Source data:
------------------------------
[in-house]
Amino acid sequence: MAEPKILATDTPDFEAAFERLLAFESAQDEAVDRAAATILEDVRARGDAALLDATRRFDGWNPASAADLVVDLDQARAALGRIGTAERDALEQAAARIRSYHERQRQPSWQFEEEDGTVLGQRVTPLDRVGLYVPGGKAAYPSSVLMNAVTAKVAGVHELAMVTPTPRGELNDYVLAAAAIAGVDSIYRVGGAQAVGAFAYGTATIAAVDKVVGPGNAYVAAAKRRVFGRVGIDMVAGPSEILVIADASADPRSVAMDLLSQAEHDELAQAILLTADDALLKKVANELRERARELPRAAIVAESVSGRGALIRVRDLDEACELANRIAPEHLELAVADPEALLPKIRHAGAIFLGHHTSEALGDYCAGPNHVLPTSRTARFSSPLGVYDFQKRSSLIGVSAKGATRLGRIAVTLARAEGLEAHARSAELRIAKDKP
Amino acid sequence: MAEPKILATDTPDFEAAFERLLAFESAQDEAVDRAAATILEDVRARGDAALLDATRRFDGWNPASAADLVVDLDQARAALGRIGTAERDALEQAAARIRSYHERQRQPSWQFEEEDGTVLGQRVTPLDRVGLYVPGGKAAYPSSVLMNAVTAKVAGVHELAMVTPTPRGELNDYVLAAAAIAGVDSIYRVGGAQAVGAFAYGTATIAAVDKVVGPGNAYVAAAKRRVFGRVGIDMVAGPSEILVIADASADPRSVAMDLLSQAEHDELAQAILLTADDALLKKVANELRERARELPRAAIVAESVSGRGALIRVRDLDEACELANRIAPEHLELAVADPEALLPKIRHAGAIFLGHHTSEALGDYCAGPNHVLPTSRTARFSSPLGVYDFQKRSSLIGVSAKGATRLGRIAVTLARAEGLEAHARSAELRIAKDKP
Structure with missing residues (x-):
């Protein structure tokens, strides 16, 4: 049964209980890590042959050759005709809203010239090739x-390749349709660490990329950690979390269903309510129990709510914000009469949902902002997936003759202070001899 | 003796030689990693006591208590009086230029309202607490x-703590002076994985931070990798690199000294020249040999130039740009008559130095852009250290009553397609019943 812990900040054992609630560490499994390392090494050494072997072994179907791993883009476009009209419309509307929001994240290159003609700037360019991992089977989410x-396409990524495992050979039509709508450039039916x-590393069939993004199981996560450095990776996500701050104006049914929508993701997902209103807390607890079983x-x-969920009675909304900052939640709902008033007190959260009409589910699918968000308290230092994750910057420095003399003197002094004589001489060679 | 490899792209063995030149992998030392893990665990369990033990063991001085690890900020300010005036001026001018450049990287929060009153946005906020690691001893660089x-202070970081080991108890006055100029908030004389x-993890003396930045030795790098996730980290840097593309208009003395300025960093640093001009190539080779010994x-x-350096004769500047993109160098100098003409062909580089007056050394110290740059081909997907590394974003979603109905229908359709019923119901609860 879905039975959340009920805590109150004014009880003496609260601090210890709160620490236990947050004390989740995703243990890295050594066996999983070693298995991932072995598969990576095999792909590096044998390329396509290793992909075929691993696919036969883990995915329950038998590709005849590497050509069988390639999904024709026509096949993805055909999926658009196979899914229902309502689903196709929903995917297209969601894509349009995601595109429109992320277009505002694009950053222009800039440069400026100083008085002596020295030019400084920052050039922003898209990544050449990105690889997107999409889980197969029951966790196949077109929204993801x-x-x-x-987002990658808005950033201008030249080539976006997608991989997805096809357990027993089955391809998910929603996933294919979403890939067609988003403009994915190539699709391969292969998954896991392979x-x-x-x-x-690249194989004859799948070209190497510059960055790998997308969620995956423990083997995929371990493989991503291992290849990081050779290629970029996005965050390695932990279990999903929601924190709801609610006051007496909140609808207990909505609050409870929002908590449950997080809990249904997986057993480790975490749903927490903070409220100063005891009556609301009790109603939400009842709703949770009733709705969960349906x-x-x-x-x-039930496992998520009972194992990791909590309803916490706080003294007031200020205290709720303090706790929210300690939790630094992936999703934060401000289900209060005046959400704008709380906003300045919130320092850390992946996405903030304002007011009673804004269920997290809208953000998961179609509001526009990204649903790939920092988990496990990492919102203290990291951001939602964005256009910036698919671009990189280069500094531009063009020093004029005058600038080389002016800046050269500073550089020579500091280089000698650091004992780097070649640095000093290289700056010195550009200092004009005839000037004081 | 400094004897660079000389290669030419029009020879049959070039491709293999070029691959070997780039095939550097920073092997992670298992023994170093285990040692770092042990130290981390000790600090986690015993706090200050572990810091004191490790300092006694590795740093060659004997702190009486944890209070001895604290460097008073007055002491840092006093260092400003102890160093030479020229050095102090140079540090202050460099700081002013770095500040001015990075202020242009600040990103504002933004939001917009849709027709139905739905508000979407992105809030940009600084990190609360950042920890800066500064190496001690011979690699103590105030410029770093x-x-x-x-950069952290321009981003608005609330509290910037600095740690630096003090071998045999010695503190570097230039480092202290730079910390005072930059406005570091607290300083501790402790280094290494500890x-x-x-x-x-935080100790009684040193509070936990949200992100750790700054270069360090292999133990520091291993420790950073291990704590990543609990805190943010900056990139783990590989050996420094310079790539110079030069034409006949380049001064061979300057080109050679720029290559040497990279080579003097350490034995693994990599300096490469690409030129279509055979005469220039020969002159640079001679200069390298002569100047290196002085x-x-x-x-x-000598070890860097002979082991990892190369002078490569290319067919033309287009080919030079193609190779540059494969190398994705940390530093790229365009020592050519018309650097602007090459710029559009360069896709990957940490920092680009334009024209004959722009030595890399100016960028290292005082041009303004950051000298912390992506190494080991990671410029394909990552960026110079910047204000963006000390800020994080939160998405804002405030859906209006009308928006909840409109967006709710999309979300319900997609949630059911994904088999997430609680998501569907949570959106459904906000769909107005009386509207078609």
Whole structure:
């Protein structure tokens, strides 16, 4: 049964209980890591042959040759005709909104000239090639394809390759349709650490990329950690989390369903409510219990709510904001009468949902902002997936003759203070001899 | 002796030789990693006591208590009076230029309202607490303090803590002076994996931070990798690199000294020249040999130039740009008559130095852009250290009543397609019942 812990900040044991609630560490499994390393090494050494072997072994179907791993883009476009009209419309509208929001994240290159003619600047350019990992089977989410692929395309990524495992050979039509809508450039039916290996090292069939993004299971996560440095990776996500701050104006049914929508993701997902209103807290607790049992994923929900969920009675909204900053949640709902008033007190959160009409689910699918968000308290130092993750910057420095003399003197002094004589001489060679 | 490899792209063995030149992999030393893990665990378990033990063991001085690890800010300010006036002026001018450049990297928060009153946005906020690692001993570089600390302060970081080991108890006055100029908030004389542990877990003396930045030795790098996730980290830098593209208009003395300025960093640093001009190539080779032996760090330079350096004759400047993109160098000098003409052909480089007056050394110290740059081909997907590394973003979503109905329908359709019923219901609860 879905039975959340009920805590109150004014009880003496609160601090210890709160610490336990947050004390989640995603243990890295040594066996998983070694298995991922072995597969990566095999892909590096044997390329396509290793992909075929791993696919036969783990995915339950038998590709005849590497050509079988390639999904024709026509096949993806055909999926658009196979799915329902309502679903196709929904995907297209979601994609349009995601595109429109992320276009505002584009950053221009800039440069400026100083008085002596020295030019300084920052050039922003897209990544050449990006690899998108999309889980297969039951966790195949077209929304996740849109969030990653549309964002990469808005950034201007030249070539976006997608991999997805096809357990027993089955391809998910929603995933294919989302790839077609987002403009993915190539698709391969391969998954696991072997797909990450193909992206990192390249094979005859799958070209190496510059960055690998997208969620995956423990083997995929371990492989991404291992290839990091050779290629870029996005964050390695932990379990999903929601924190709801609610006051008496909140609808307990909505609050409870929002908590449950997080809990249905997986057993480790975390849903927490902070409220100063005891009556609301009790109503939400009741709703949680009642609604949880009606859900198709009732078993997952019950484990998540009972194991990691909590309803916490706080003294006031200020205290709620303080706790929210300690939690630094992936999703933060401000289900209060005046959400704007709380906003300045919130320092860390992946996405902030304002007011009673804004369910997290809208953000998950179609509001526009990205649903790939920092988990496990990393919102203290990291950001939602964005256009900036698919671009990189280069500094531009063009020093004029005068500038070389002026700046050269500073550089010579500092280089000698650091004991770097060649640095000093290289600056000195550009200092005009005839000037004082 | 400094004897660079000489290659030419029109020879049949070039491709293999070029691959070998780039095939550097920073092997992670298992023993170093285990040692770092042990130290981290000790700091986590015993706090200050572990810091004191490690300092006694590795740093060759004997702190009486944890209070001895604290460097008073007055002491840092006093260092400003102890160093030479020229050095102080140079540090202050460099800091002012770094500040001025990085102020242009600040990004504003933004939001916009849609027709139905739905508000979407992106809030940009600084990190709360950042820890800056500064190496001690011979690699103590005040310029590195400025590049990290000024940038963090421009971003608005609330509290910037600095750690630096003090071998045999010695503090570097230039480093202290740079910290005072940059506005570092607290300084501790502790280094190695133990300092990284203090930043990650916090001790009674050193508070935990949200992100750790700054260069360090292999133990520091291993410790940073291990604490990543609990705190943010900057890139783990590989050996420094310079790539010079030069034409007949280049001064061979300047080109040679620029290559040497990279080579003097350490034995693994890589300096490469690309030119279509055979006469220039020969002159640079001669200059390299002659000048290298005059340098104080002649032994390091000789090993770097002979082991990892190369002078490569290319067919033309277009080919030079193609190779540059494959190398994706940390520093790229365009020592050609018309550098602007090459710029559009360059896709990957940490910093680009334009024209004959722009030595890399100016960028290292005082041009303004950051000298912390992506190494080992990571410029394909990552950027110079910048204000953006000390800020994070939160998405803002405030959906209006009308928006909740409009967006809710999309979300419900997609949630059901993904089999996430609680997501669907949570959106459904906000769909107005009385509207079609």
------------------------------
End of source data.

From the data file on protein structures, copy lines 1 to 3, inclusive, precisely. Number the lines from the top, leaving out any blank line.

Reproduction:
[in-house]
Amino acid sequence: MAEPKILATDTPDFEAAFERLLAFESAQDEAVDRAAATILEDVRARGDAALLDATRRFDGWNPASAADLVVDLDQARAALGRIGTAERDALEQAAARIRSYHERQRQPSWQFEEEDGTVLGQRVTPLDRVGLYVPGGKAAYPSSVLMNAVTAKVAGVHELAMVTPTPRGELNDYVLAAAAIAGVDSIYRVGGAQAVGAFAYGTATIAAVDKVVGPGNAYVAAAKRRVFGRVGIDMVAGPSEILVIADASADPRSVAMDLLSQAEHDELAQAILLTADDALLKKVANELRERARELPRAAIVAESVSGRGALIRVRDLDEACELANRIAPEHLELAVADPEALLPKIRHAGAIFLGHHTSEALGDYCAGPNHVLPTSRTARFSSPLGVYDFQKRSSLIGVSAKGATRLGRIAVTLARAEGLEAHARSAELRIAKDKP
Amino acid sequence: MAEPKILATDTPDFEAAFERLLAFESAQDEAVDRAAATILEDVRARGDAALLDATRRFDGWNPASAADLVVDLDQARAALGRIGTAERDALEQAAARIRSYHERQRQPSWQFEEEDGTVLGQRVTPLDRVGLYVPGGKAAYPSSVLMNAVTAKVAGVHELAMVTPTPRGELNDYVLAAAAIAGVDSIYRVGGAQAVGAFAYGTATIAAVDKVVGPGNAYVAAAKRRVFGRVGIDMVAGPSEILVIADASADPRSVAMDLLSQAEHDELAQAILLTADDALLKKVANELRERARELPRAAIVAESVSGRGALIRVRDLDEACELANRIAPEHLELAVADPEALLPKIRHAGAIFLGHHTSEALGDYCAGPNHVLPTSRTARFSSPLGVYDFQKRSSLIGVSAKGATRLGRIAVTLARAEGLEAHARSAELRIAKDKP